Mahasa sits in the dust outside the hut she built herself, holding her youngest son in her arms.
The 29-year-old mother of four knows how vulnerable she is. "I'm scared," she said.
Mahasa* is one of many women who have fled, unaccompanied by their husbands, to Maban County in South Sudan's Upper Nile State, escaping the fighting in Sudan's Blue Nile State between government forces and the rebel Sudan People's Liberation Movement-North. Mahasa's husband is still in Blue Nile, fighting alongside the rebels.
She now lives in Doro camp, which houses more than 44,000 refugees. There, she - like other female refugees - faces daily threats of harassment, exploitation and violence, and the persistent fear that, as a woman, she will be unable to provide for her family.
The fighting in South Kordofan and Blue Nile states, which started in June 2011, has so far displaced more than 112,000 civilians to South Sudan. Humanitarians say they were "overwhelmed" during the rainy season in the second half of 2012, as tens of thousands of refugees, most of them women and children, came pouring across the border from Blue Nile State. The UN Refugee Agency (UNHCR) and its partners scrambled to meet the basic needs of the new arrivals, who initially slept under trees and survived on fruit and stagnant groundwater.
Now, six months later, fighting continues across the border, but the rate of arrivals has eased and aid agencies are transitioning from emergency response mode to meeting the longer-term needs of the refugee population.
More than 80 percent of the refugees are women and children, says Myrat Muradov, a protection officer with UNHCR. The agency has begun to look at the particular vulnerabilities of this group, many of whom are completely dependent on food rations.
"Widows and pregnant women need much help," he said.
Because the camps are spread out across large areas, women often have to walk very long distances to reach food distributions points, and then they must carry the heavy ration bags back with them.
Mahasa, for example, walks half an hour in each direction to collect the food she needs to feed her children.
Aid workers say that on these collection journeys, single women and the elderly are particularly vulnerable to exploitation, sometimes being forced to part with a portion of their ration in exchange for assistance transporting it.
However, this is not the crime Mahasa fears most. One of the most difficult things she and other women must do is collect firewood from the bush surrounding the camp; not only is it hard work, it is also "dangerous," she says, because members of the host community often approach and harass female refugees.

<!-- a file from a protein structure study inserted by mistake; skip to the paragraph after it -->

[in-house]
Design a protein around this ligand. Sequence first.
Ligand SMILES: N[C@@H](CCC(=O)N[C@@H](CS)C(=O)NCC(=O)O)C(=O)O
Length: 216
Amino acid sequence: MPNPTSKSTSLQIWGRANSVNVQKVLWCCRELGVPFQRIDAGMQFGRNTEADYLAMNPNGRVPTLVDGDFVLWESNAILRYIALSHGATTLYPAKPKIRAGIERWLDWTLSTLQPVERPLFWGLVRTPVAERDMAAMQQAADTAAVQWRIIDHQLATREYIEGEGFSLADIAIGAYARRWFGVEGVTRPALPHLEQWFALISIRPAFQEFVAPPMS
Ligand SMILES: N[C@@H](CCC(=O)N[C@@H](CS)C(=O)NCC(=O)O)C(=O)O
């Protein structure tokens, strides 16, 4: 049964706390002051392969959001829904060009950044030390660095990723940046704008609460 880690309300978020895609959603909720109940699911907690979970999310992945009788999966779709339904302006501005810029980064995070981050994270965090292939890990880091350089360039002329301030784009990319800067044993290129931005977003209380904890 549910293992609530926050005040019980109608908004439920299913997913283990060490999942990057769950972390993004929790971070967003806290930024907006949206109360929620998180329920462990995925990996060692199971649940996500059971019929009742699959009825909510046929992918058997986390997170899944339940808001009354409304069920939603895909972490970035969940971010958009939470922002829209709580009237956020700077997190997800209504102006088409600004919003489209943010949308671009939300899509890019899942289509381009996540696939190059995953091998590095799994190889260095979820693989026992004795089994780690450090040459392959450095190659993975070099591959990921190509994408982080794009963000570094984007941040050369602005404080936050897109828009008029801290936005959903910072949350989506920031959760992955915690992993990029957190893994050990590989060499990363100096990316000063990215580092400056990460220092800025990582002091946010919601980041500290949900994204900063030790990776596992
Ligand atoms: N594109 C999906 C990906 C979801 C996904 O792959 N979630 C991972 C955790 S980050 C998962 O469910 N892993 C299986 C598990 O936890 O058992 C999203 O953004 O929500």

"They hit us," Mahasa says. "They also take the axe from us."
Tensions between the refugees and the host community have been mounting, largely over increasingly limited resources.
Maple*, an older woman in the camp, and Talitha*, her adult daughter, express similar fears, reporting that both men and women from the host community have hit them with sticks and chased them away as they tried to collect firewood.
"The only way to get the firewood is to hide yourself in order to protect yourself from the host community," Maple said.
The issue is of growing concern for protection officers working in the four refugees camps of Maban County. Firewood collection "exposes women to humungous risks in terms of sexual violence," one officer working in the camps told IRIN.
A Human Rights Watch report, released on 12 Dec 2012, documented instances of such sexual violence and pointing out that in Jamam camp - also in Upper Nile State - women regularly walk for an hour and a half each way to collect firewood.
The Danish Refugee Council released a sexual and gender-based violence rapid assessment of Doro in October 2012. "Adult women and adolescent girls recounted cases of rape, attempted rape, sexual abuse and harassment," the assessment states. It also found that many instances of sexual and gender-based violence went unreported due to fears of stigmatization. Indeed, the assessment noted that healthcare providers in Doro camp had not had a single instance of rape reported to them since the beginning of 2012.
In an attempt to overcome the taboo against speaking about sexual violence, UNHCR has deployed a team to Doro for three months; its mission, Muradov says, is to disseminate information about the availability of post-rape care and get referrals to health services going.
The agency aims to establish a sexual and gender-based violence programme with focus groups to encourage women to talk more openly. However, the lack of female interpreters is a major barrier to this project, so, alongside income-generation projects, language training for women has been made a priority for 2013.
"It's a large part of the strategy moving into a more sustainable operation," Muradov said.
UNHCR has also launched "fuel efficiency talks", which provide training for women across all four Upper Nile camps - Doro, Gendrassa, Jamam and Yusuf Batil - on how to reduce the amount of firewood they use by up to 50 percent. Reducing the quantity of firewood used would alleviating some of the tension with the host community and decreasing the number of firewood collection trips the women have to make, lowering their exposure to potential violence
Meanwhile, UNHCR's Muradov says the American Refugee Council is focusing on psychosocial counselling, while Handicap International is looking at people with special needs. Other humanitarian agencies say they are in the initial phases of establishing income-generating projects for women, aimed at fostering economic independence for female-headed households to protect them from exploitation.
For now though, Mahasa remains worried. "Without a husband, I may not be able to provide for the children," she said.
*Family names withheld